Sewing With Panels

Panels can be awesome. They can also be a pain.

The biggest problem? No true standard size. Often fabric designers will counter this problem with patterns specifically for their panel. But it makes it difficult to write independent panel patterns because there isn’t a magical size to plan for so that your pattern can be used again and again with different panels. The closest thing to standard is approximately 5/8 yd x WOF (22.5” x 42”) so that’s usually where I start my planning.

The second biggest problem? Printing isn’t a perfect process and panels usually are not perfectly square. Some panels can be trimmed to perfection others rely on the ancient art of faking it.

The solution? Sashing. Every panel quilt I design relies on sashing the panels before trimming to the needed size. Read below for an overview of the process with some helpful tips and tricks.

  1. Trim your panel.

    • When possible trim to nice round numbers (whole, half, and quarter inches). You’re going to be sashing this and if you want the same amount of sashing on each side of the panel, you’ll need to find your center and do some math. Round numbers are much easier to calculate (buy hey, if you want to deal with 1/16” go for it)

    • Some panels like this bear feature a lot of space around a central design. These are my favorite because there is plenty of space to square up and adjust slightly if needed

    • Others like Frida down below use up every square inch of space and even have printed borders. These are trickier because if the printing is too far out of square is can be very obvious. They also aren’t likely to cooperate with the round numbers. These are the ones that rely on easing and faking it if the printing isn’t perfect.

    • If you want to have the exact same amount of border on each side, scroll down for some math rambling. You will likely need to trim some of your panel off for this so if it is the kind of panel where you don’t want that, I would stick with uneven borders.

Borders are tricky but not impossible. Here I’ve trimmed 1/4” from the edge of the design so my sashing will end up right along the edge of the panel.

Borders are tricky but not impossible. Here I’ve trimmed 1/4” from the edge of the design so my sashing will end up right along the edge of the panel.

2. Sash it big!

  • There will be a point in this process where you need exact math, this is not it. Guestimate how much you’ll need for each border and round up by approximately 1”. You could math it down right now, but similar to why we square HSTs after sewing, its a great idea to sew big and square down.

  • Note- only one side of the sashing needs to be perfectly straight for sewing. The outside edge will get squared off later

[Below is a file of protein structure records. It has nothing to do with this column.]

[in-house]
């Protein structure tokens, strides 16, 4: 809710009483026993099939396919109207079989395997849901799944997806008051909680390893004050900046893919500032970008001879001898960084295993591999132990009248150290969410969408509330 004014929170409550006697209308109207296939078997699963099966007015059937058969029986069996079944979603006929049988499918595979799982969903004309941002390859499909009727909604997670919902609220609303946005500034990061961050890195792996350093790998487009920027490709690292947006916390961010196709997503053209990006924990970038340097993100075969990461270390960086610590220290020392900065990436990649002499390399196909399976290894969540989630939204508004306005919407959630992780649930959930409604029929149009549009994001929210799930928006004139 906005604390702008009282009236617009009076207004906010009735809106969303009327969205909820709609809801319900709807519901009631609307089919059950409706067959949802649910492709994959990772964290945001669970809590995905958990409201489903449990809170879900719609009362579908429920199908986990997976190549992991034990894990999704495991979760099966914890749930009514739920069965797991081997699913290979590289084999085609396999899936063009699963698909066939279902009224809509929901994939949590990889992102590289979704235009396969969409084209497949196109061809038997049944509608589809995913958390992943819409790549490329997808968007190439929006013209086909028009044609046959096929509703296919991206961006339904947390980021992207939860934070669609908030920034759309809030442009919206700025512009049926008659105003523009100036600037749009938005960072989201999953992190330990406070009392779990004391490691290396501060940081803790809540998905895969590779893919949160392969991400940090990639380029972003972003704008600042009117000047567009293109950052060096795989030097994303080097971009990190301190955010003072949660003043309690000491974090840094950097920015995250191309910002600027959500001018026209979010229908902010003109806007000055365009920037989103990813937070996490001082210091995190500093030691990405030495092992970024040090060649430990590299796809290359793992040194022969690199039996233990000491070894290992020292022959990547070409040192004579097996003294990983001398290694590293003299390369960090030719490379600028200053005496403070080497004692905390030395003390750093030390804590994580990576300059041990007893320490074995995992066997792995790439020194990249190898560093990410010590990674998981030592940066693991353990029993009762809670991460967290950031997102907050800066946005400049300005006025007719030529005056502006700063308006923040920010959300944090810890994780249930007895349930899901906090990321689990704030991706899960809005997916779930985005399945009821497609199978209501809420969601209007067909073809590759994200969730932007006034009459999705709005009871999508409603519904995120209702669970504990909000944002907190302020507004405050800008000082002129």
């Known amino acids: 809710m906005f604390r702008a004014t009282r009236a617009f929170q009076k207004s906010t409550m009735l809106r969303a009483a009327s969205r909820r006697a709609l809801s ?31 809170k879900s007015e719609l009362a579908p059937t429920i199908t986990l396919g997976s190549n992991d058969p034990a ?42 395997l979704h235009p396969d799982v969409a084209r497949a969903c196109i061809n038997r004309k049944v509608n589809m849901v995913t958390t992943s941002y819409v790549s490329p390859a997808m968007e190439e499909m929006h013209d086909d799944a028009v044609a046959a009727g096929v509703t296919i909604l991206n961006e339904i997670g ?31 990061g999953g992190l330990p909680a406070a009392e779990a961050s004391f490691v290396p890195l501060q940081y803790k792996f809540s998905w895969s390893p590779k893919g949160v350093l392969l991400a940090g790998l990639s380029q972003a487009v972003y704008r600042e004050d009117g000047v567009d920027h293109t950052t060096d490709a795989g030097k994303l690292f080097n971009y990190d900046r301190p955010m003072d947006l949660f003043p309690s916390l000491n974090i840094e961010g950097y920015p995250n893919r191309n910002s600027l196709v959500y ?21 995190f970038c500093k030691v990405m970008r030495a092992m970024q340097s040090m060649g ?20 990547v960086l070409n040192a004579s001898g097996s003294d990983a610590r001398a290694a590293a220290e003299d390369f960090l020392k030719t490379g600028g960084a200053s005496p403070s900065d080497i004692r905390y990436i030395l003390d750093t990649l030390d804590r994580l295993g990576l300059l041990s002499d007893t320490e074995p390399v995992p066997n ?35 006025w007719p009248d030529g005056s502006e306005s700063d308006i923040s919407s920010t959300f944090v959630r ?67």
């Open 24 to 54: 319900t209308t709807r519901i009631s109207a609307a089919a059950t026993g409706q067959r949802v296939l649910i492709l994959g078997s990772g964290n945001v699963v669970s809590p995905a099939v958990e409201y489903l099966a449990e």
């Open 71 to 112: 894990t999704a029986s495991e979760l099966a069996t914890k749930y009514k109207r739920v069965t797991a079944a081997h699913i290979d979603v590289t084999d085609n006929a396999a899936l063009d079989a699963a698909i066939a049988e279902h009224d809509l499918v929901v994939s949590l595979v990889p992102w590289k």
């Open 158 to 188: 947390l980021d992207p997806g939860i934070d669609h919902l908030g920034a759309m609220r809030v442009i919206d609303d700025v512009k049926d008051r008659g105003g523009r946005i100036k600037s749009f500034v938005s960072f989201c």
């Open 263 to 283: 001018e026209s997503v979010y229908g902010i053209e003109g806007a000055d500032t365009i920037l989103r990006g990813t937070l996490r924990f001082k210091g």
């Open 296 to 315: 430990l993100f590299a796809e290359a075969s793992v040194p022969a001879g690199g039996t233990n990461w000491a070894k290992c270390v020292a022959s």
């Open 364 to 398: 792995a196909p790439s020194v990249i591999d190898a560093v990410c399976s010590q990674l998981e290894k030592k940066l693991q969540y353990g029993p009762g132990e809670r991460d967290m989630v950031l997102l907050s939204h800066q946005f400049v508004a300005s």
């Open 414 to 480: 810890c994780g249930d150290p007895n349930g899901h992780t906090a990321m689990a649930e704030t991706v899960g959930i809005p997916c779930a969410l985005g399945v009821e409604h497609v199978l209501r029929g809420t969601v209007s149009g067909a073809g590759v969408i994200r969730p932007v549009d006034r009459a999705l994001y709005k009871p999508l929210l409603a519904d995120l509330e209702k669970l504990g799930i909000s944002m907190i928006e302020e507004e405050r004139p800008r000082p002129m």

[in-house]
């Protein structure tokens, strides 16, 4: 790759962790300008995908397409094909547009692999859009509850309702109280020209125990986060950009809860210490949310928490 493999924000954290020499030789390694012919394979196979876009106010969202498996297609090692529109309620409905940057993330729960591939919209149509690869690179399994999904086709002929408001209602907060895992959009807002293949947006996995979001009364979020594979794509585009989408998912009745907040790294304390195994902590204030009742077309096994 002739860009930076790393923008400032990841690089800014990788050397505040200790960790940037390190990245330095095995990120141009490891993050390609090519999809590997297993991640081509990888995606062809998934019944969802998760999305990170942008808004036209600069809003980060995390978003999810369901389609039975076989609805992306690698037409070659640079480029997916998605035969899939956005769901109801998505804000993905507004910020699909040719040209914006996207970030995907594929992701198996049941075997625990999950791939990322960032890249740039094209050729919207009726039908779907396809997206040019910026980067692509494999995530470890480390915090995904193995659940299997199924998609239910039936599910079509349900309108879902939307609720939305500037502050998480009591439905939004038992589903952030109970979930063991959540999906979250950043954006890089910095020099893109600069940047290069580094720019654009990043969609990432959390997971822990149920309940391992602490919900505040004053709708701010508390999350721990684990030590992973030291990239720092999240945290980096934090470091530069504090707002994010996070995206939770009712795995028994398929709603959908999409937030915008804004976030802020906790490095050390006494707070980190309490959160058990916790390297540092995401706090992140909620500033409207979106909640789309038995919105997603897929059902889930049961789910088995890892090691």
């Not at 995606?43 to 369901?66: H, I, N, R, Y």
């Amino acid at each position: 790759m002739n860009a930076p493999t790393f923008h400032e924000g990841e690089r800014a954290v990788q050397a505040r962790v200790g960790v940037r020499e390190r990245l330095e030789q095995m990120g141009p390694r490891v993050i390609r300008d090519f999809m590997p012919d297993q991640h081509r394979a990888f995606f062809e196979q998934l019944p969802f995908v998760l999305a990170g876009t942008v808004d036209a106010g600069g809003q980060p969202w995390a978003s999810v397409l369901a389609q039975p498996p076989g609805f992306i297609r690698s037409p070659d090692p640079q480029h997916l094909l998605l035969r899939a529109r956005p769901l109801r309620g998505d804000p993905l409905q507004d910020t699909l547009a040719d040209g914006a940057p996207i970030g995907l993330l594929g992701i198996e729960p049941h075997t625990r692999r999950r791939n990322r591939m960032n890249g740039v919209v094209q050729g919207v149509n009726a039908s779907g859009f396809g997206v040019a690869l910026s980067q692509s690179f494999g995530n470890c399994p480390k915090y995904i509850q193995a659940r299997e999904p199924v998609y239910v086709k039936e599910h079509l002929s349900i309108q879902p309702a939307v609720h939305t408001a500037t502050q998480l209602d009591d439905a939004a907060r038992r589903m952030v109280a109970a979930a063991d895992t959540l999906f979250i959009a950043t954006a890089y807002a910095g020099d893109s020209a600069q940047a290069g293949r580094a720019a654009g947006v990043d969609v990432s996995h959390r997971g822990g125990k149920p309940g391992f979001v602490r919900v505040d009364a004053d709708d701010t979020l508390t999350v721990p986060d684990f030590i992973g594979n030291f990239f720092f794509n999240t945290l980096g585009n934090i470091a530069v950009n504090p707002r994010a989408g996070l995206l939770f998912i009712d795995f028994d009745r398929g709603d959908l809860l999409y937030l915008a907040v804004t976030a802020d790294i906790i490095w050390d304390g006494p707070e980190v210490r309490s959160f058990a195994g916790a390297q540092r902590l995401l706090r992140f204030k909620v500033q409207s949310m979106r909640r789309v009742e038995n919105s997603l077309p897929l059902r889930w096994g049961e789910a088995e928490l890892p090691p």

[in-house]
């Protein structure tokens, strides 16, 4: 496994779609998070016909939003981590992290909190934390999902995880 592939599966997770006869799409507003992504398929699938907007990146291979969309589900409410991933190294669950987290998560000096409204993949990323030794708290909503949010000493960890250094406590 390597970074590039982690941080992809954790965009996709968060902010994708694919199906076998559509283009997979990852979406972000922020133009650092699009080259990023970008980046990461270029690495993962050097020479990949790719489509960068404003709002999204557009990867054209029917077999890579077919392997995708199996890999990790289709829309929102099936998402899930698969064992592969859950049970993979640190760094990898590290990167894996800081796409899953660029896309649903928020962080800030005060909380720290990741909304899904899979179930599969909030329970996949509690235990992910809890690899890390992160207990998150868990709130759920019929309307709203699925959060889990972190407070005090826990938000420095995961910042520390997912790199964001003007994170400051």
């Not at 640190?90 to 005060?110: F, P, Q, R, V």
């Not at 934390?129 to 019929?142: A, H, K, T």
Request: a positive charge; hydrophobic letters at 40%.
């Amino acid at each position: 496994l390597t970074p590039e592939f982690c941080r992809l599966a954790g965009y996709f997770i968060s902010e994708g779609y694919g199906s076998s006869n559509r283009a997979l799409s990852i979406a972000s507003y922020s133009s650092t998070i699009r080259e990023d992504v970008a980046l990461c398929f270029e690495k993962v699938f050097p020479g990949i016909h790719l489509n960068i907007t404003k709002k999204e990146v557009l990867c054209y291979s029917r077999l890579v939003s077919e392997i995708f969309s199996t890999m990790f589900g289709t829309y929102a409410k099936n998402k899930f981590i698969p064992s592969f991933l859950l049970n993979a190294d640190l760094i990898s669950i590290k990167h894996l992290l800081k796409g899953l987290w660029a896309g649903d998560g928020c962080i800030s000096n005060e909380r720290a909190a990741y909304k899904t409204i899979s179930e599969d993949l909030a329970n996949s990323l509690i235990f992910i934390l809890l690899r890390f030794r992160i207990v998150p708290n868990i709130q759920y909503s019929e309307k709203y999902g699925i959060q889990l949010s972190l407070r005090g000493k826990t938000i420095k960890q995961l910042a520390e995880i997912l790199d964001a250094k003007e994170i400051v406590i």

• Picture 3 is where I realized that I had made the center panel too wide for my intended project. Because the sashing was extra huge and this panel had plenty of negative space, I was able to trim and flip it without un-sewing anything. I used the math explained down below to adjust in a way that the borders will end up the same all the way around.

  1. Math

    • This is why we used round numbers when trimming. If you know how big it needs to be with borders on, you can divide that by 2. Then divide the finished size of the panel by 2. This tells you how big to trim the borders to

      • (size needed ÷ 2) - (finished panel size ÷ 2)= (border size)

      • example:

        I need this piece to be 8” wide to sew it into the quilt. Once sashed this panel is 5” wide.

        (8” ÷ 2) - (5” ÷ 2) = border size

        4” - 2.5” = 1.5”

        So I’ll trim the border 1.5” from the edge of the panel.

    • Do this separately for the horizontal and the vertical. Unless you’ve scrolled to the bottom for more math tips, you will most likely get different border sizes.

    • Technically you can divide the sashed panel in half and measure out from the center then trim, but there is more room for error and wavy borders.

  2. Tada! Piece this into the rest of your quilt.

More math.

If you want to have even borders on all sides, use this math. It’s not tricky, but you will most likely lose some of your image.

  1. First compare LxW of the squared up panel to LxW needed after sashing. Do you have more difference in the length or the width? The one with the bigger difference is the one that determines the size you need you panel to be trimmed to.

  2. Take whatever number that bigger difference is and subtract it from the finished measurement of the direction with the smaller difference. That is the size your panel needs to be in that direction.

  3. Trim the panel to the size determined in step 2 and sash.


You need a sashed and trimmed panel that measures W 8” x L 10”. You have an unfinished panel that is measuring W 7” x L 8”.

Subtracting the current size of the panel from the size needed, you get a 1” difference in W and a 2” difference in L.

Since 2” is the bigger difference, you’ll subtract that from the needed size of the other direction (in this case 8” W) to see that in order to have even borders you need the unfinished panel to measure W 6” x L 8”

From there simply follow the steps outlines above

Happy Sewing!


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